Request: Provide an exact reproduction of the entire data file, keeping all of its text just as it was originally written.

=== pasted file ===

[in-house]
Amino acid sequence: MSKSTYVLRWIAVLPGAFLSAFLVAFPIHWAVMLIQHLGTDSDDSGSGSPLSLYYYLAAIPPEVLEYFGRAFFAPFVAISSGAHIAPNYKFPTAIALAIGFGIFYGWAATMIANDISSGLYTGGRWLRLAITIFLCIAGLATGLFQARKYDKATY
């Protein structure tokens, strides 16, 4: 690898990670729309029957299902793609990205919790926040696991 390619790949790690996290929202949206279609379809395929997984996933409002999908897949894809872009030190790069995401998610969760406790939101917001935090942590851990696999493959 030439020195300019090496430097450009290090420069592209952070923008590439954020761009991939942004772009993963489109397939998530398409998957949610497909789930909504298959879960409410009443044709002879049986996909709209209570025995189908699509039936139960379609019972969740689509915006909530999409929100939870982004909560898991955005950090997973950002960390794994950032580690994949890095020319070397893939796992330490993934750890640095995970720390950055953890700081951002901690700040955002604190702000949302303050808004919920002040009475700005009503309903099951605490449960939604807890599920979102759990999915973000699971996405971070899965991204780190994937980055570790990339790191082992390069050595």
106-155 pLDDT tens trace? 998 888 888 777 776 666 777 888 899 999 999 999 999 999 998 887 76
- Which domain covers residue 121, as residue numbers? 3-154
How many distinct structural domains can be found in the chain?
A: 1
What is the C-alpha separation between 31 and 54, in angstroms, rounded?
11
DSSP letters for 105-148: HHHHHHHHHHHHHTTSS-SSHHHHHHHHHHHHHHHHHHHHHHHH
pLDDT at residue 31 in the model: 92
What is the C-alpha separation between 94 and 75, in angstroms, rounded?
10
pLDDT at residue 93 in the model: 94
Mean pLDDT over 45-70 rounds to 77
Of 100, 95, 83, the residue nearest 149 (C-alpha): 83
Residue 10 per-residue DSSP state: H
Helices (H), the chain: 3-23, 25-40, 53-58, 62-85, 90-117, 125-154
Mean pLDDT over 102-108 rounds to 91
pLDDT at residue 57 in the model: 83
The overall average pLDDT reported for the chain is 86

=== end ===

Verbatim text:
[in-house]
Amino acid sequence: MSKSTYVLRWIAVLPGAFLSAFLVAFPIHWAVMLIQHLGTDSDDSGSGSPLSLYYYLAAIPPEVLEYFGRAFFAPFVAISSGAHIAPNYKFPTAIALAIGFGIFYGWAATMIANDISSGLYTGGRWLRLAITIFLCIAGLATGLFQARKYDKATY
């Protein structure tokens, strides 16, 4: 690898990670729309029957299902793609990205919790926040696991 390619790949790690996290929202949206279609379809395929997984996933409002999908897949894809872009030190790069995401998610969760406790939101917001935090942590851990696999493959 030439020195300019090496430097450009290090420069592209952070923008590439954020761009991939942004772009993963489109397939998530398409998957949610497909789930909504298959879960409410009443044709002879049986996909709209209570025995189908699509039936139960379609019972969740689509915006909530999409929100939870982004909560898991955005950090997973950002960390794994950032580690994949890095020319070397893939796992330490993934750890640095995970720390950055953890700081951002901690700040955002604190702000949302303050808004919920002040009475700005009503309903099951605490449960939604807890599920979102759990999915973000699971996405971070899965991204780190994937980055570790990339790191082992390069050595």
106-155 pLDDT tens trace? 998 888 888 777 776 666 777 888 899 999 999 999 999 999 998 887 76
- Which domain covers residue 121, as residue numbers? 3-154
How many distinct structural domains can be found in the chain?
A: 1
What is the C-alpha separation between 31 and 54, in angstroms, rounded?
11
DSSP letters for 105-148: HHHHHHHHHHHHHTTSS-SSHHHHHHHHHHHHHHHHHHHHHHHH
pLDDT at residue 31 in the model: 92
What is the C-alpha separation between 94 and 75, in angstroms, rounded?
10
pLDDT at residue 93 in the model: 94
Mean pLDDT over 45-70 rounds to 77
Of 100, 95, 83, the residue nearest 149 (C-alpha): 83
Residue 10 per-residue DSSP state: H
Helices (H), the chain: 3-23, 25-40, 53-58, 62-85, 90-117, 125-154
Mean pLDDT over 102-108 rounds to 91
pLDDT at residue 57 in the model: 83
The overall average pLDDT reported for the chain is 86